taillights intrude into the trunk, meaning there is less space
there than might be expected.
Inside the car, though, there is room aplenty. The upholstery
is done in gray leather, nicely finished and very comfortable.
The driver's view is no different from that in other Caprices,
with a soft plastic dash, dual air bags and the usual four-spoke
steering wheel, the entire hub of which serves as a horn.
Like many G.M. cars, the Impala has a remote release button in
the glove box that opens the luggage compartment. Unlike earlier
cars, though, the button works with the ignition off, which makes
it useful when you pocket the key and then remember that you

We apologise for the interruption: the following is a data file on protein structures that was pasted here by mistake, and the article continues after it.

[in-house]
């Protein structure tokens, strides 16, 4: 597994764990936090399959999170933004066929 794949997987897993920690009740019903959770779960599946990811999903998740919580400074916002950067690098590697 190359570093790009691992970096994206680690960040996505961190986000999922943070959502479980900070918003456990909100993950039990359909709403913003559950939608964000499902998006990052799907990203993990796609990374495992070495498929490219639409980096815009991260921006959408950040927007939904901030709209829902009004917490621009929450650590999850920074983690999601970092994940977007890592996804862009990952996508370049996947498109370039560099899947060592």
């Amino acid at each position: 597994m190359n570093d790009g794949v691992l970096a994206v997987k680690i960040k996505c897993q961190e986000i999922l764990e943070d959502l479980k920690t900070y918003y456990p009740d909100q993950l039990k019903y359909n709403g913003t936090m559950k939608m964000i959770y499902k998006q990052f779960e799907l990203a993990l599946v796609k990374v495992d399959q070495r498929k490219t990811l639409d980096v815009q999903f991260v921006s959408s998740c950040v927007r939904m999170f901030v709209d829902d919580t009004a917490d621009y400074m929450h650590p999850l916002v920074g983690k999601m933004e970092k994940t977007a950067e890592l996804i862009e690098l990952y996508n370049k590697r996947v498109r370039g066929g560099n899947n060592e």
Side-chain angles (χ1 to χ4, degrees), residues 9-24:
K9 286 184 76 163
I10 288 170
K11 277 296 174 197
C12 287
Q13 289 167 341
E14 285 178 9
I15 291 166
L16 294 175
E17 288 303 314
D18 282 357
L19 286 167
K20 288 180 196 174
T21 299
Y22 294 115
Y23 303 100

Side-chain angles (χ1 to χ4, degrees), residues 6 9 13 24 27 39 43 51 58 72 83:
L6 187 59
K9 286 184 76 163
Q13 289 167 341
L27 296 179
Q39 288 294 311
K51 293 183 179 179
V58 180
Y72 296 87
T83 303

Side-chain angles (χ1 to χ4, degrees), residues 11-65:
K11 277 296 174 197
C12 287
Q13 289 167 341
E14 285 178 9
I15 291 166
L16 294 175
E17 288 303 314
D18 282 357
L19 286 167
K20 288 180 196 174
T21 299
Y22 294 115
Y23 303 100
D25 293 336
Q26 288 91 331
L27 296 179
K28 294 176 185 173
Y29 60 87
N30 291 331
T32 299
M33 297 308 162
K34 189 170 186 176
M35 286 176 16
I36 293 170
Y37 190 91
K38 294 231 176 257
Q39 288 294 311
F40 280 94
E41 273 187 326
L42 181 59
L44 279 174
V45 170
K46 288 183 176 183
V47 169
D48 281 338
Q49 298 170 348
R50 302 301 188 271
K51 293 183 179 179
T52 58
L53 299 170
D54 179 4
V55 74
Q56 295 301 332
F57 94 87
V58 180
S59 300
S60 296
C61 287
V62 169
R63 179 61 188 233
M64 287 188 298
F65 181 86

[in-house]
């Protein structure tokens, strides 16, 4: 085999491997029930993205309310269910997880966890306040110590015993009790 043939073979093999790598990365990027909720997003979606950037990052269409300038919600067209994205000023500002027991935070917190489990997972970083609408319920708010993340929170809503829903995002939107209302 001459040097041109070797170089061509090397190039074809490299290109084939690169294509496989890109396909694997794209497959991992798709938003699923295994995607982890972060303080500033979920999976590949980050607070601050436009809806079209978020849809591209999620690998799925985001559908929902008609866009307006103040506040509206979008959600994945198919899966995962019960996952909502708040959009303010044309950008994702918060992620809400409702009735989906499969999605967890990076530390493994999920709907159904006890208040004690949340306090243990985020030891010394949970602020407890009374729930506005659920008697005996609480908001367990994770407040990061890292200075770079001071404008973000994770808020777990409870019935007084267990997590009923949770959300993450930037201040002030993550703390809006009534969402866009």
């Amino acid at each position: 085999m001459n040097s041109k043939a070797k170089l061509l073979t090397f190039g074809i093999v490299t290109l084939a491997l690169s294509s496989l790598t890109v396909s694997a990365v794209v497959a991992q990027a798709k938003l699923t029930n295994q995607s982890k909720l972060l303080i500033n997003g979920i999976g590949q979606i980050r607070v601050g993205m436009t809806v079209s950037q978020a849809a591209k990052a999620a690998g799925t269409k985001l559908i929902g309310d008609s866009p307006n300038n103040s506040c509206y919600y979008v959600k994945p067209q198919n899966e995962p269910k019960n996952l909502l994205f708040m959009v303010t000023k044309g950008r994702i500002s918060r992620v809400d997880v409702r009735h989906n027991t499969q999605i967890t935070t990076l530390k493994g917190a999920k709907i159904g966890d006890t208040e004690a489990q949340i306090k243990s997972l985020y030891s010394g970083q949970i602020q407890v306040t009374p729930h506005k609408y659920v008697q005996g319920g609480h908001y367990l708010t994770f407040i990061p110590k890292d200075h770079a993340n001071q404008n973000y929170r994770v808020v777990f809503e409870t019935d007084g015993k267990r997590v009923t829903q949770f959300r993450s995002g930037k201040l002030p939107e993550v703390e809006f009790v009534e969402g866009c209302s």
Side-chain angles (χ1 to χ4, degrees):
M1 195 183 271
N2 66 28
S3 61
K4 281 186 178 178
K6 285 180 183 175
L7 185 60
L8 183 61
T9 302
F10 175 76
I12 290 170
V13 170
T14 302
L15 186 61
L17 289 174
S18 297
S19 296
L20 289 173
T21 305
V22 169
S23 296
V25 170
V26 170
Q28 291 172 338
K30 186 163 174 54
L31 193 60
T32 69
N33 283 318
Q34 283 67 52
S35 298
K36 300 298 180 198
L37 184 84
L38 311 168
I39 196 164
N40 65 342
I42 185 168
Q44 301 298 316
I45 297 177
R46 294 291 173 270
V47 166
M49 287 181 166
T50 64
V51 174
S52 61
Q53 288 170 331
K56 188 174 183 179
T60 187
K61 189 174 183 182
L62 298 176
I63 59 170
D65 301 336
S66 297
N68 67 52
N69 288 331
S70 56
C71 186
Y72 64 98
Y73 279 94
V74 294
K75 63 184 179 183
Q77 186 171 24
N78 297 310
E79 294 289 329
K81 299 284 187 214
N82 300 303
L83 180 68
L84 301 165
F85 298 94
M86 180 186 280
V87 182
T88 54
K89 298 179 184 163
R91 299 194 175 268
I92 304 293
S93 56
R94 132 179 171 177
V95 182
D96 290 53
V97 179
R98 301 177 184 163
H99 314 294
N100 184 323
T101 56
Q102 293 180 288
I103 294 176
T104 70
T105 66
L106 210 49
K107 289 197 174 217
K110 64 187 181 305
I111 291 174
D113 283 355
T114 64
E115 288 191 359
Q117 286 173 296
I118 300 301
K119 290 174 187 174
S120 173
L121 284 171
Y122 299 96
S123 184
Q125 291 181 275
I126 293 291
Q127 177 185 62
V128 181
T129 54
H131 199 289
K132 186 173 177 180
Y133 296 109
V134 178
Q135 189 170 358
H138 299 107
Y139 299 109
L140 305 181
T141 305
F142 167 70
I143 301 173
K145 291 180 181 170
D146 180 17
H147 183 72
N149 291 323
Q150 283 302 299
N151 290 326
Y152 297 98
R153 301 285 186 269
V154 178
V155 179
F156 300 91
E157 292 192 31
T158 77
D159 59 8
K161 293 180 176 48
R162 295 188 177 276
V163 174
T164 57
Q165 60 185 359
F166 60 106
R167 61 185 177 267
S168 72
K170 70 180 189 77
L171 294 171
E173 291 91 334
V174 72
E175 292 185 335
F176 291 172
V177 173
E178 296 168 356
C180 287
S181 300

needed something in the trunk.
Other remote buttons reside in the key fob, allowing you to
open the trunk or lock or unlock the doors from afar. That
feature is particularly useful when you want to get inside
quickly and safely on a dark night in the city.
Power equipment is standard, and it includes things like an
electrochromatic rear-view mirror to deal with those insensitive
sons who barrel up from behind with high beams ablaze. The
mirror, which automatically dims that glare, incorporates dual
reading lights, and there are other nice touches as well, such as
twin cup holders in the console that divides the front bucket
seats and offers storage under a padded armrest.
All in all, I have to say it: I know that giant cars with huge
V8's are not sensible or politically correct, but I love the
Impala SS. And, yes, those corporate committees at G.M. have
pleased me once again.
INSIDE TRACK: You might wish it were the classic '57 Bel Air
convertible. It's not, but the born-again Impala SS is a
latter-day muscle car worthy of the name.
The Impala emblem, out of retirement.